Reviews

Library Journal
(c) Copyright 2010. Library Journals LLC, a wholly owned subsidiary of Media Source, Inc. No redistribution permitted.

Many accounts of the Borgias focus on the most scandalous stories about this powerful Italian Renaissance family whose members were statesmen, military leaders, adventurers, and popes. Meyer (The Tudors: The Complete Story of England's Most Notorious Dynasty) argues that many of these salacious tales are untrue and the result of slander. Through a logical and thoughtful examination of sources, both the standard ones and some that are less reliable, he shows that claims of corruption, poisoning, incest, and murder are untrue or greatly exaggerated. He also concludes that Rodrigo Borgia, who became Pope Alexander VI, could not be the father of Cesare and Lucrezia, but the support for this claim is weak. Meyer's chapter structure prevents the book from forming one flowing narrative. He alternates background chapters (e.g., on Italian warfare, the papacy) with biographical chapters. Readers new to the subject may find this configuration helpful, but it will likely frustrate others. Nevertheless, the results are a good introduction to the subject. VERDICT Best for general readers new to the Borgias and Italian Renaissance history, while those already knowledgeable about the Borgias may take a pass. [See Prepub Alert, 11/1/12.]-Rebekah Kati, Walden Univ. Lib., Morrisville, NC (c) Copyright 2013. Library Journals LLC, a wholly owned subsidiary of Media Source, Inc. No redistribution permitted.


Library Journal
(c) Copyright 2010. Library Journals LLC, a wholly owned subsidiary of Media Source, Inc. No redistribution permitted.

Many accounts of the Borgias focus on the most scandalous stories about this powerful Italian Renaissance family whose members were statesmen, military leaders, adventurers, and popes. Meyer (The Tudors: The Complete Story of England's Most Notorious Dynasty) argues that many of these salacious tales are untrue and the result of slander. Through a logical and thoughtful examination of sources, both the standard ones and some that are less reliable, he shows that claims of corruption, poisoning, incest, and murder are untrue or greatly exaggerated. He also concludes that Rodrigo Borgia, who became Pope Alexander VI, could not be the father of Cesare and Lucrezia, but the support for this claim is weak. Meyer's chapter structure prevents the book from forming one flowing narrative. He alternates background chapters (e.g., on Italian warfare, the papacy) with biographical chapters. Readers new to the subject may find this configuration helpful, but it will likely frustrate others. Nevertheless, the results are a good introduction to the subject. VERDICT Best for general readers new to the Borgias and Italian Renaissance history, while those already knowledgeable about the Borgias may take a pass. [See Prepub Alert, 11/1/12.]-Rebekah Kati, Walden Univ. Lib., Morrisville, NC (c) Copyright 2013. Library Journals LLC, a wholly owned subsidiary of Media Source, Inc. No redistribution permitted.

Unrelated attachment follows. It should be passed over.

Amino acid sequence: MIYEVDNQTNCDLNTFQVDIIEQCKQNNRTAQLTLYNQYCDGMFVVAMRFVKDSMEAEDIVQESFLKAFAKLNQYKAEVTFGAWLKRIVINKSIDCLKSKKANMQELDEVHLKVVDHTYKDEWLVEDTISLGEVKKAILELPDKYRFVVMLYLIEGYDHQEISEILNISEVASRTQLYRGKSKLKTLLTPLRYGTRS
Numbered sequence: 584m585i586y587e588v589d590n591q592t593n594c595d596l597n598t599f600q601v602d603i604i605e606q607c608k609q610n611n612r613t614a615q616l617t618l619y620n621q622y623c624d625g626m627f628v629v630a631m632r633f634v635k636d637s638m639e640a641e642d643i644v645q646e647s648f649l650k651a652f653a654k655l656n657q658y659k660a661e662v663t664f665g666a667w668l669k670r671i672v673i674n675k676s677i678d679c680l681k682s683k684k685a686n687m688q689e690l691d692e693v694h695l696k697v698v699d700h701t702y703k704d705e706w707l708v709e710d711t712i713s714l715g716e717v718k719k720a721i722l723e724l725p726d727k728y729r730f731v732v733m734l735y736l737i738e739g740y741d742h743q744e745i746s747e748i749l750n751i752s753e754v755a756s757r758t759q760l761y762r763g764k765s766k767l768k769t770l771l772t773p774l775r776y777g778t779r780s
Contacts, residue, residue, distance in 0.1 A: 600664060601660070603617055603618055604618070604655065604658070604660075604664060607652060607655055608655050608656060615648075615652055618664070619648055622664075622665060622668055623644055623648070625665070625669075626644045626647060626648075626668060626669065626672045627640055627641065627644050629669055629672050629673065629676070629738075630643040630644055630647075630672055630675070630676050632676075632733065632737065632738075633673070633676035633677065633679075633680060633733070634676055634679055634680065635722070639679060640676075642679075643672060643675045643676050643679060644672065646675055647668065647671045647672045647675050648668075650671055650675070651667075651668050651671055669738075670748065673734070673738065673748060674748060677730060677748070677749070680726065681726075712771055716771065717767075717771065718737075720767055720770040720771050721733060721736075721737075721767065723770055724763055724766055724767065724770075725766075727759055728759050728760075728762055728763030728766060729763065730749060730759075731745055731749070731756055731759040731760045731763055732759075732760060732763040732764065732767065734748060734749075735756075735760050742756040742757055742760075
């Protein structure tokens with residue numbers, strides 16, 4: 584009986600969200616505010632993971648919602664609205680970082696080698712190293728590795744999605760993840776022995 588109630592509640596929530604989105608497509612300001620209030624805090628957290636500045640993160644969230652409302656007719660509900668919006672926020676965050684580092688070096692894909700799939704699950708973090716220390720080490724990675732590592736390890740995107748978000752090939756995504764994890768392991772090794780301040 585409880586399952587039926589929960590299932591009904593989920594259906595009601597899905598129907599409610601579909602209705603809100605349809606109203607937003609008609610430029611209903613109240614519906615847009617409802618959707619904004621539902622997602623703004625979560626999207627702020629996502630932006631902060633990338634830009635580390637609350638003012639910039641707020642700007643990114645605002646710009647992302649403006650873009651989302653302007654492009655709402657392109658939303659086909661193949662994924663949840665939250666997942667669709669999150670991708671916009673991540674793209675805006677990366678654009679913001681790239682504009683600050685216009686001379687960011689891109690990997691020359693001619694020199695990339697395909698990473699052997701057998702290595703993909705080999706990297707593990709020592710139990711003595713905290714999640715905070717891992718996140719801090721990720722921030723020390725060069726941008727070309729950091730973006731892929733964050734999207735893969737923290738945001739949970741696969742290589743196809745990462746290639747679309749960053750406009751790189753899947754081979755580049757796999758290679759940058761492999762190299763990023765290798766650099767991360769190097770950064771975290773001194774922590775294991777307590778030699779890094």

Publishers Weekly
(c) Copyright PWxyz, LLC. All rights reserved

To his credit, Meyer (The Tudors) is forthright about how this supposed "hidden history" of the Italian Renaissance's most controversial family came to be: it is the product of "[a] year of research on both sides of the Atlantic." Unfortunately, the shortcomings of such a limited inquiry are plainly obvious-the bibliography reveals mostly 20th-century American and British texts, a few translations, and a handful of primary sources-and his history is riddled with assumptions about the inner motivations of historical characters ("Perhaps it is in the nature of such men to be drawn by their own success into increasingly extreme positions. Certainly it was in Savonarola's nature"). Meyer portrays Rodrigo (later Pope Alexander VI) as affable and with a "childish love for pomp"; Cesare as wild but competent, and the victim of his enemies' slander; and, like many scholars before him, he removes Lucrezia from the role of seductress, painting her instead as a docile pawn (never mind her business acumen, building projects, and patronage). Though Meyer's is a much better primer on the complex dynasty than the ongoing TV show The Borgias, very little of this tedious account was heretofore hidden. Family tree, timeline, maps. Agent: Judith Riven, Judith Riven Literary Agency. (Apr.) (c) Copyright PWxyz, LLC. All rights reserved.


Book list
From Booklist, Copyright © American Library Association. Used with permission.

The mention of the Borgia family often conjures up images of a ruthless drive for power via assassination, serpentine plots, and sexual debauchery. This is partially owing to propaganda spread by contemporary rivals of the Borgias, nineteenth-century Renaissance historians, and even films and television shows, including the current eponymous series on cable. Meyer doesn't avoid some of the juicy bits about the private and public lives of some of the family, but he convincingly looks past the mythology to present a more nuanced portrait of some members and their achievements. Meyer is particularly focused on the career of Rodrigo Borgia, who reigned as the much-maligned pope Alexander VI. As Meyer acknowledges, Alexander was hardly an exemplary Christian, and he could play tough in the dangerous world of Italian and European power politics. Yet he was a skilled and experienced diplomat, and he showed remarkable courage and coolness under the threat of the French invasion of Italy. Other Borgias are treated with similar evenhandedness in this well-researched and surprising study.--Freeman, Jay Copyright 2010 Booklist